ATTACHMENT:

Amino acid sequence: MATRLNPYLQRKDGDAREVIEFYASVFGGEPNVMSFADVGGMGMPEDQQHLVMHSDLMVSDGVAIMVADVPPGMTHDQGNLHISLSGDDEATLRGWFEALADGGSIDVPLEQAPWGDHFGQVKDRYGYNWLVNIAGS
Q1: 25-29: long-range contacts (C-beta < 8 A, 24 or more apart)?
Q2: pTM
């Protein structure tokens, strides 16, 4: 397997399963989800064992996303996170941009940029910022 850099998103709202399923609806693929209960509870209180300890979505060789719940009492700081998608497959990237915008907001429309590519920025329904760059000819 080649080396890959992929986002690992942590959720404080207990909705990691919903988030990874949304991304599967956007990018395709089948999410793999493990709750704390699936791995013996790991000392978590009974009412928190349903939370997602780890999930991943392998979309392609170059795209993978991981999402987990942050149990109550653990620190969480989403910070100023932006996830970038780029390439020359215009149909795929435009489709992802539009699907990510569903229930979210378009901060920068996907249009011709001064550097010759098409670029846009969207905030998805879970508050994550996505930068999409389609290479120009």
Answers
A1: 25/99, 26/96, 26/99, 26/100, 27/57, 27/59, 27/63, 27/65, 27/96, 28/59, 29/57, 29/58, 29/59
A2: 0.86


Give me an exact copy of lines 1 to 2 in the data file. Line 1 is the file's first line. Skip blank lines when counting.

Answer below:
Amino acid sequence: MATRLNPYLQRKDGDAREVIEFYASVFGGEPNVMSFADVGGMGMPEDQQHLVMHSDLMVSDGVAIMVADVPPGMTHDQGNLHISLSGDDEATLRGWFEALADGGSIDVPLEQAPWGDHFGQVKDRYGYNWLVNIAGS
Q1: 25-29: long-range contacts (C-beta < 8 A, 24 or more apart)?